Although the Cold War has ended, the risk of nuclear war has not. In fact some experts think the risks are higher today, because more countries have nukes. A mishap, miscalculation or madness could one day be the trigger.

Mishaps

The US and Russia have thousands of nukes facing each other on hair-trigger alert. Every second we face the unseen threat of nuclear war. Here are 10 times we came too close for comfort.

Miscalculation

A conflict between any nuclear-armed state could quickly spiral out of control. Former US Defence Secretary William Perry describes one such scenario.

Madness

Could terrorists get hold of a nuclear bomb? Some experts think it’s not only possible, but probable. Former US Defence Secretary William Perry describes his greatest fear.

Present Dangers

I know not with what weapons WW3 will be fought, but WW4 will be fought with sticks and stones – Albert Einstein
 

Although the Cold War has ended, the risk of nuclear war has not. In fact some experts think the risks are higher today, because more countries have nukes. A mishap, miscalculation or madness could one day be the trigger.

Mishaps

The US and Russia have thousands of nukes facing each other on hair-trigger alert. Every second we face the unseen threat of nuclear war. Here are 10 times we came too close for comfort.

Miscalculation

A conflict between any nuclear-armed state could quickly spiral out of control. Former US Defence Secretary William Perry describes one such scenario.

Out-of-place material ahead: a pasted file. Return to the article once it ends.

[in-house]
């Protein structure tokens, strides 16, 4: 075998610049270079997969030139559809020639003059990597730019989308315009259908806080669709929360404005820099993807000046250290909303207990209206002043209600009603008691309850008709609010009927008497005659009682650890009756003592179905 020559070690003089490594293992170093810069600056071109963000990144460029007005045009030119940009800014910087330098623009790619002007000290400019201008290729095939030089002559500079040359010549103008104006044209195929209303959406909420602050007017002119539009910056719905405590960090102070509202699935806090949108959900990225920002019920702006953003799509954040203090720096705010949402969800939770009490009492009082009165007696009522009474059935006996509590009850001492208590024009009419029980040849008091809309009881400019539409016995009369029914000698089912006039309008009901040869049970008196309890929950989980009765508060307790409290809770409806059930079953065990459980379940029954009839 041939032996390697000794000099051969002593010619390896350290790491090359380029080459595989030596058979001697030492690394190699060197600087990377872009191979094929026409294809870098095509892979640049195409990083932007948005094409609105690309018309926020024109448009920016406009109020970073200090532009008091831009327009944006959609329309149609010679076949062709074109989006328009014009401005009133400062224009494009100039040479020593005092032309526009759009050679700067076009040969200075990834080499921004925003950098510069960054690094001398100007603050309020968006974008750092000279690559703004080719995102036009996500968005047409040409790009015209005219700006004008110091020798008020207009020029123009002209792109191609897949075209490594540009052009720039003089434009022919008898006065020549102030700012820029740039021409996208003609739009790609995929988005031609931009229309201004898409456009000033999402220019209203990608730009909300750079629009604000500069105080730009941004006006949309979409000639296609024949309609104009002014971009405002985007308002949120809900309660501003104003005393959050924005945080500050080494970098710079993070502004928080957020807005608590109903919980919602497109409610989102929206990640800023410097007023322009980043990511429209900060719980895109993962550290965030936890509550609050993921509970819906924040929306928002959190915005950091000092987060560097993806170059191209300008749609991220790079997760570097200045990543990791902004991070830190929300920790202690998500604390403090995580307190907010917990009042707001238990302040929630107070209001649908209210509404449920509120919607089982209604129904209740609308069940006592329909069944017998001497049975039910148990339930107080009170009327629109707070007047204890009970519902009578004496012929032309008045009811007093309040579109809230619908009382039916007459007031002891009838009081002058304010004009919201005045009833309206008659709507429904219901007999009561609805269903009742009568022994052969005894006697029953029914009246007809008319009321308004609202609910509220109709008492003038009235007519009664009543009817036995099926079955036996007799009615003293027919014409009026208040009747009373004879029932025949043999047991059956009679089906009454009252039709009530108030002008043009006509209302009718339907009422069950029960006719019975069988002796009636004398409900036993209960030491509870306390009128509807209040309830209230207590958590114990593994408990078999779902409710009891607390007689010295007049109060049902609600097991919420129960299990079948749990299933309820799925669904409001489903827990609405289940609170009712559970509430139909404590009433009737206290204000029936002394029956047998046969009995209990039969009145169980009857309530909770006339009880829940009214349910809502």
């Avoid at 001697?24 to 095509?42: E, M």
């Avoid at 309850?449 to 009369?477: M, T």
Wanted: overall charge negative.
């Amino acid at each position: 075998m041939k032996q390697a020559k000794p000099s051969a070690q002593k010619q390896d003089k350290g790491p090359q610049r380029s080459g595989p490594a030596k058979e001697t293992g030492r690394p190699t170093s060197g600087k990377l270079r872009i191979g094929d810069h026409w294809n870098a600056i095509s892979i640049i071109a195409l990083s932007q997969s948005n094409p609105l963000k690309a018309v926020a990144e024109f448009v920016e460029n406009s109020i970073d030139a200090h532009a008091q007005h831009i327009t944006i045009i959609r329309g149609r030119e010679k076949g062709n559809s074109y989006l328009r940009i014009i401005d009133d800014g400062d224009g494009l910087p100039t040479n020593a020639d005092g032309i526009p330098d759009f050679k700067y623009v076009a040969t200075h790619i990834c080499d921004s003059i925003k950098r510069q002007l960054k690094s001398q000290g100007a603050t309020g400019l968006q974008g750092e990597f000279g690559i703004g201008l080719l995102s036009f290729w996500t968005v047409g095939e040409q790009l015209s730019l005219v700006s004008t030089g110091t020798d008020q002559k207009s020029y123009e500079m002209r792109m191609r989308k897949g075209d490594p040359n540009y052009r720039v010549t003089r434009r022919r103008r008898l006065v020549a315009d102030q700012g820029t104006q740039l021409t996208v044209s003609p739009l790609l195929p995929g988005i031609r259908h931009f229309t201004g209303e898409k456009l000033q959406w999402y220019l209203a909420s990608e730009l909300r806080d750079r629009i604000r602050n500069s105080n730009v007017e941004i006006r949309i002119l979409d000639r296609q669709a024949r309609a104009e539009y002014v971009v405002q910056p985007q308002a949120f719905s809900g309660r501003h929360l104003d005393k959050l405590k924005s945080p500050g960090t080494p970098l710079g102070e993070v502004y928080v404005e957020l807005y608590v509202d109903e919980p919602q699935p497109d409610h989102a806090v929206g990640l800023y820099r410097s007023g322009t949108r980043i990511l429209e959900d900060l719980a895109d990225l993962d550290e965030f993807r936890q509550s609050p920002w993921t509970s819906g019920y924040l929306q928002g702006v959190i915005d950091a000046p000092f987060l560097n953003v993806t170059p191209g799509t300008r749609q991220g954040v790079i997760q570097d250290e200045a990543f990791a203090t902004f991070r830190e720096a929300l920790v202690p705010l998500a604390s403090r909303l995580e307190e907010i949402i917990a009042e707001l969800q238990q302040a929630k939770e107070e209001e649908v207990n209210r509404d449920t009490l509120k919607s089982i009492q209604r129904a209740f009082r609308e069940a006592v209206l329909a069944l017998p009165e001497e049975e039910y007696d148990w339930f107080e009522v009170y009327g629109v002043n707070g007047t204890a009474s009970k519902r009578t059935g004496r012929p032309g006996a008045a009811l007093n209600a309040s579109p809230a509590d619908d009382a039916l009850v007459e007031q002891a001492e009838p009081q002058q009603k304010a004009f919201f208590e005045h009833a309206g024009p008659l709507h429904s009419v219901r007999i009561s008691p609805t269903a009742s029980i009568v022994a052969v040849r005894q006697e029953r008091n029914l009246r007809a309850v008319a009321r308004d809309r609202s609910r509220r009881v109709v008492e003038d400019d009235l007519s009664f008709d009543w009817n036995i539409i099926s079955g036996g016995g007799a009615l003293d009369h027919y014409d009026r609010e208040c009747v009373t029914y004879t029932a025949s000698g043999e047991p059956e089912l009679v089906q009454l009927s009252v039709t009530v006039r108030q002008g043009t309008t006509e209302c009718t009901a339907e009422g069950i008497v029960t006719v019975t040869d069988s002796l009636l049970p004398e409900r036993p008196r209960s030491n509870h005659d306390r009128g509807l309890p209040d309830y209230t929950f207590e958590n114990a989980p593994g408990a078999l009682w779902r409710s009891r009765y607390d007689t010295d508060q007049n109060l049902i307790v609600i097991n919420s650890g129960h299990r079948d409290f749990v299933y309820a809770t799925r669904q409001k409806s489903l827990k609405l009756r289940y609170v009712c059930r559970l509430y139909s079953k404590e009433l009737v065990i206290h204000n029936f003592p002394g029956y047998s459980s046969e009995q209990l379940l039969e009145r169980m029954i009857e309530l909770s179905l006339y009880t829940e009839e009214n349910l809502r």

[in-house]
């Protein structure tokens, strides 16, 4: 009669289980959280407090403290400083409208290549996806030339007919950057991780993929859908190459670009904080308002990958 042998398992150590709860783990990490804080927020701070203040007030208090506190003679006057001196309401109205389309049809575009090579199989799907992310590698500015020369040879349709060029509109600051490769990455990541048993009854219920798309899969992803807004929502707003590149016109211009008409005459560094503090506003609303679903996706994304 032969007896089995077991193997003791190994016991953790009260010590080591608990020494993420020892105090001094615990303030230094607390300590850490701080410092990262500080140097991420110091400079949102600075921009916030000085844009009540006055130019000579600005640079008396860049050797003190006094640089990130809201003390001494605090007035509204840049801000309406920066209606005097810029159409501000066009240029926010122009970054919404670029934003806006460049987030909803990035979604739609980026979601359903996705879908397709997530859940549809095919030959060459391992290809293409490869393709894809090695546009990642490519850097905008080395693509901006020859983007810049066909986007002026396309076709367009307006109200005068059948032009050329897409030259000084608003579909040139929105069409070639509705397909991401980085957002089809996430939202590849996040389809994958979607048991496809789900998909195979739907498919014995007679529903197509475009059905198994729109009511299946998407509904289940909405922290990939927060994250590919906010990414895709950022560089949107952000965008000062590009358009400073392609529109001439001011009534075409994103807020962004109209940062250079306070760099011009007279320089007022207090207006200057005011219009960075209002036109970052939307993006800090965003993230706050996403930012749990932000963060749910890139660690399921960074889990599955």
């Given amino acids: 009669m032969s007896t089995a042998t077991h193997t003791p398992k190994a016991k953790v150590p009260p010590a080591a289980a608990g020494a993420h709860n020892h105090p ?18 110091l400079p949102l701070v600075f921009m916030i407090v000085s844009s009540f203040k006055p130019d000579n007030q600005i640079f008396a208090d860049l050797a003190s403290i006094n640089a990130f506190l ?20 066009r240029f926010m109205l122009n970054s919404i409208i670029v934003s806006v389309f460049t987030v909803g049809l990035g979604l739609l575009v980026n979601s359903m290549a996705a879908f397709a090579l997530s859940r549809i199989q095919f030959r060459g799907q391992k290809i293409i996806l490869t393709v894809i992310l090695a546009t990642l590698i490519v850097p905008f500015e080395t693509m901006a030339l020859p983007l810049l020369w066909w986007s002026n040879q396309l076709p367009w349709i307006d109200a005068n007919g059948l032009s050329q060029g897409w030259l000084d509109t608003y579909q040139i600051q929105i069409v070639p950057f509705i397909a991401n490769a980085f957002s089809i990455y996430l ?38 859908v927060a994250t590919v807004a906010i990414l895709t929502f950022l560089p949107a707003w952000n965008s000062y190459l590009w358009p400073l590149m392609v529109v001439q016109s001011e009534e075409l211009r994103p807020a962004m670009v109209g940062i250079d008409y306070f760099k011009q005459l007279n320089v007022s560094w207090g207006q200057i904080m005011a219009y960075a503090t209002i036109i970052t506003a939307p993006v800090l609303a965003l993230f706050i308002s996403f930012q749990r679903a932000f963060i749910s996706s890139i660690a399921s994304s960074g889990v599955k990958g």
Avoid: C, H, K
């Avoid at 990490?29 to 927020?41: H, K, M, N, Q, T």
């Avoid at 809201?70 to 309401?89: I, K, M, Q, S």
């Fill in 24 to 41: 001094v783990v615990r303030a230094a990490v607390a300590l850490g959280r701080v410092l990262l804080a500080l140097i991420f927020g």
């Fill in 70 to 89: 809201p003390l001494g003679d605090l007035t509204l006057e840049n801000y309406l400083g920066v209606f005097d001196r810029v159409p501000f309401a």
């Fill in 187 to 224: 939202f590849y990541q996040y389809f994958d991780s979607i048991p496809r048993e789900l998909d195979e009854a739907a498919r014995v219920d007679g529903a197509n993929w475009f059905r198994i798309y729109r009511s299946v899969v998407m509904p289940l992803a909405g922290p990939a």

Madness

Could terrorists get hold of a nuclear bomb? Some experts think it’s not only possible, but probable. Former US Defence Secretary William Perry describes his greatest fear.

Future

The best way to predict your future is to create it – Abraham Lincoln
 

No-one has a crystal ball. But it is worth thinking about worst/best case scenarios. Why? To work out how to avoid the one and achieve the other.

War?

A nuclear war anywhere in the world would affect everyone in the world. The smoke and dust released into the air would block out sunlight. Crops would fail, and many people would starve. Just 100 nukes are enough to do this (the world has 14,000).

Peace?

On 7 July 2017 the United Nations agreed a treaty to ban nukes. But none of the nine countries with nukes signed. Many people still think this treaty is the best chance for a world without nukes.

Future

The best way to predict your future is to create it – Abraham Lincoln
 

No-one has a crystal ball. But it is worth thinking about worst/best case scenarios. Why? To work out how to avoid the one and achieve the other.

War?

A nuclear war anywhere in the world would affect everyone in the world. The smoke and dust released into the air would block out sunlight. Crops would fail, and many people would starve. Just 100 nukes are enough to do this (the world has 14,000).

Peace?

On 7 July 2017 the United Nations agreed a treaty to ban nukes. But none of the nine countries with nukes signed. Many people still think this treaty is the best chance for a world without nukes.

Action

Our problems are man-made, therefore they may be solved by man – John F Kennedy
 

Three simple steps that will make a difference:

  • Join CND or ICAN, or sign up to their newsletter.
  • Invite a free CND speaker to your group.
  • Write a letter to your newspaper or MP.

And of course, feel free to subscribe below! I’ve got some great topics lined up for future blogs.

Action

Our problems are man-made, therefore they may be solved by man – John F Kennedy
 

Three simple steps that will make a difference:

  • Join CND or ICAN, or sign up to their newsletter.
  • Invite a free CND speaker to your group.
  • Write a letter to your newspaper or MP.

And of course, feel free to subscribe below! I’ve got some great topics lined up for future blogs.